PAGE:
The Rambling Brick recently attended the LEGO Fan Media Days with our Extra Pieces Collaborator, Jay’s Brick Blog. As part of the event, Fleming Bjørn Jessen, product manager for Powered Up provided an update on the current roadmap for the platform.Continue reading
Announced on May the 4th this year, the ‘official’ launch date for the Droid commander has arrived. The inverted commas have been provided for the benefit of the set becoming available a couple of months ago on LEGO.com.
To celebrate the launch, LEGO have released a video, presented here in widescreen glory.Continue reading
I have not been so excited about seeing a software upgrade delivered as I have been this weekend. The LEGO Powered Up app has just been given a substantial bump up in its functionality.
Long time readers of the blog will know how I feel about LEGO Boost: a great set, and a simple way to automate any models that you might make. Since it was released 18 months ago, we have seen all sorts of creations, as well as ideas through the primary models in the set. But there are a few challenges: you need to work through the models to gain all functionality; and the hub itself is a little bulky for some applications, but certainly adds a lot of fun to some sets. In some ways, I see it as the natural successor to the early motor kits, used in the 60’s and 70’s to automate wheels models, and see them propelled under there own power. Unfortunately, despite sharing a plug system, it has not been compatible with other similarly plugged devices…until now.Continue reading
Feeling overwhelmed after a barrage of press releases and new sets being announced by LEGO in New York this week, I attempt to put together what is known about the new Powered Up platform, previously referred to as Power Functions 2.0
This week, at the Fall Preview for the (Northern) Summer 2018 LEGO® releases, there have been a number of exciting announcements, some of which have been vigorously speculated about for most of the year, plus a couple of surprises!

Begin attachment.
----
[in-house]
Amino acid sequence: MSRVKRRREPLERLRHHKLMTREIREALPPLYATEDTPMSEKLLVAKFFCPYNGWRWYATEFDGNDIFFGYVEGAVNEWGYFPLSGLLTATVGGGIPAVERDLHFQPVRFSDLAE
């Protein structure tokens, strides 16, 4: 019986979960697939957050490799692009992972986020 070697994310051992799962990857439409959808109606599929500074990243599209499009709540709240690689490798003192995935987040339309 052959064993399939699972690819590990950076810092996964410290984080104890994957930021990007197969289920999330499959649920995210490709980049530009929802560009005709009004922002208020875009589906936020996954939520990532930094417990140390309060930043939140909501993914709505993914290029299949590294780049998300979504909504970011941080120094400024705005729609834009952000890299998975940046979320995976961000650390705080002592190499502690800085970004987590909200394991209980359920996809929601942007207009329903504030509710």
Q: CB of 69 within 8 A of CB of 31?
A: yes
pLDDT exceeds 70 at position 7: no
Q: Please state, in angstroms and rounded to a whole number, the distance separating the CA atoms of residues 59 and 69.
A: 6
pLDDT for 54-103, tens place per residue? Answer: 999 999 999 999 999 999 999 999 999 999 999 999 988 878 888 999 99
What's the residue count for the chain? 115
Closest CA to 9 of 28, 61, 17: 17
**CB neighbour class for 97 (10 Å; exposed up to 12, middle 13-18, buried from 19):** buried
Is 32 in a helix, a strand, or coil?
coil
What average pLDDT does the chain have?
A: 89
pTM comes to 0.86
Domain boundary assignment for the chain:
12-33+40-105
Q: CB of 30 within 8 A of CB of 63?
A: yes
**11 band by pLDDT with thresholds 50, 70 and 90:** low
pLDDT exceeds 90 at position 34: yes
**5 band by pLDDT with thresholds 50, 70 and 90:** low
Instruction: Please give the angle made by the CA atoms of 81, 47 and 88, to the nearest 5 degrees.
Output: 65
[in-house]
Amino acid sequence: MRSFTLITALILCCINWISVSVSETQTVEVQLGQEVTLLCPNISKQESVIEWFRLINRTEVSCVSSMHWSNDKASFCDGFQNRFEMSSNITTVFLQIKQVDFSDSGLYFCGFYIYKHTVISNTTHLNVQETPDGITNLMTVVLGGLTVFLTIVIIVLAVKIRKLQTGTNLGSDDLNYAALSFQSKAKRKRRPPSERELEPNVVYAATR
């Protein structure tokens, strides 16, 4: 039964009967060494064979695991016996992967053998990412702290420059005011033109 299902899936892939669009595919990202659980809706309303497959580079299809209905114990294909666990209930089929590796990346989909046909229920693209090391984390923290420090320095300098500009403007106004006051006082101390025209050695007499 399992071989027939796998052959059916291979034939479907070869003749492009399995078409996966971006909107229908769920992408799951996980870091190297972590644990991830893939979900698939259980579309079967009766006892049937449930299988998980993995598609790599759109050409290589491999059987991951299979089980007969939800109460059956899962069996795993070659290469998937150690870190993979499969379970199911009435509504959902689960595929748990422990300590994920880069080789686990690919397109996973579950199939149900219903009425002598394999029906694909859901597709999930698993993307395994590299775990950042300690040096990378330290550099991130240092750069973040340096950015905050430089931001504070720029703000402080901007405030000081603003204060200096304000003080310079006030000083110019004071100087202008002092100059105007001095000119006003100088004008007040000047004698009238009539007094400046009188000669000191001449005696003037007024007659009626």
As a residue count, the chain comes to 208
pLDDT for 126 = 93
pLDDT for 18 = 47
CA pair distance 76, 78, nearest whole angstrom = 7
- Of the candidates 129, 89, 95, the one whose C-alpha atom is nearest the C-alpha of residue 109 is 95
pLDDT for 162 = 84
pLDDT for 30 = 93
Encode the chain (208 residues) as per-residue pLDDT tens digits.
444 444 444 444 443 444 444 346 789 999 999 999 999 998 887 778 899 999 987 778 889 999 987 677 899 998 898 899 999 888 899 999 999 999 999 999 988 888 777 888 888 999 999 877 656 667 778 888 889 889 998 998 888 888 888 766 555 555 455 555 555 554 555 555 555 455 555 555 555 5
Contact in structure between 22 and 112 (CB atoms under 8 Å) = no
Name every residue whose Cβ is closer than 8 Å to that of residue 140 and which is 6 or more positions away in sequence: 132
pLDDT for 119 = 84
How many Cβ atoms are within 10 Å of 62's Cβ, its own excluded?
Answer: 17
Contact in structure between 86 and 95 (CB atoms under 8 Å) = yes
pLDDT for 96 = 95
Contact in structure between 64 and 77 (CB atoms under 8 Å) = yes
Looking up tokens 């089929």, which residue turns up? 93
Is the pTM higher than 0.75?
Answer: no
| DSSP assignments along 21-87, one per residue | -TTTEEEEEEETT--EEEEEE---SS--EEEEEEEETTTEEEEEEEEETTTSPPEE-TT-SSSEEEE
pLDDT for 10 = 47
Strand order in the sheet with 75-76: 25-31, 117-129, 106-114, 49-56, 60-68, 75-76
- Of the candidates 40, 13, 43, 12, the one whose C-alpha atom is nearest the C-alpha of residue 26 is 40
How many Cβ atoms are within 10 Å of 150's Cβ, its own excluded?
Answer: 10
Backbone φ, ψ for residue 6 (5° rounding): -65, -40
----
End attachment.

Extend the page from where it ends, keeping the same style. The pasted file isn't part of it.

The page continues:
Given that this year respresents (amongst other things) the twentieth anniversary of the LEGO Mindstorms range, and also represents 10 years since we first saw the arrival of Power Functions, it should come as no surprise that we have seen a number of sets featuring the new “Powered Up” platform – previously referred to as Power Functions 2.0.
“For 20 years, we have been creating new ways for children to combine technology and LEGO building, starting with the introduction of LEGO MINDSTORMS®, a robotics toolkit that pioneered the idea of a ‘smart toy,” said Michael McNally, senior director brand relations for the LEGO Group. “With Powered Up, we’ve established a flexible connected platform to enable innovative new play experiences that merge digital and physical play in natural ways that will delight and inspire the builders of today and tomorrow – while still focusing on the core physical play proposition of our System of Play – the LEGO brick.”
We have also seen some exciting announcements to go with LEGO Boost.
Powered Up: Power Functions 2.0 Known Knowns.
Back in February, we presented information about the new power functions platform. We were aware that we have a new combined Bluetooth receiver and Battery Box, as well as a motor unit suitable for trains. We knew that the new cables featured the same connections as the WeDo 2.0 platform, as well as Boost.We also knew there would be a new remote and that the platform could also be App Powered.
This new platform, and all of the other Motorised LEGO Elements now fall under the broader banner of “Powered up,” and includes CITY Trains, app driven vehicles, Boost and the DUPLO Cargo Train.
Meeting LEGO Boost
Since it was announced at the Consumer Electronics Show earlier this year, LEGO® Boost has been anticipated as an easy to use robotics platform. Designed for use by children aged 7 and up, the tablet based system was released in most of the world at the start of August, and made its way into the Australian retail Channels in October 2017. With a retail price of $AU250, and 845 elements, including a mixture of System and Technic elements, as well as a new integrated Move Hub, I was intrigued by what it might have to offer for easy MOC automation. At the LEGO® Fan Media Days in Billund this year, I had the opportunity to meet with Carl Merriam, one of the model designers who has been involved with LEGO Boost. We had a talk about some of the features of the Boost system, and looked at what some of the included models have to offer.
Thanks for your time Carl, could you perhaps start by explaining a little about the basics of LEGO Boost? Continue reading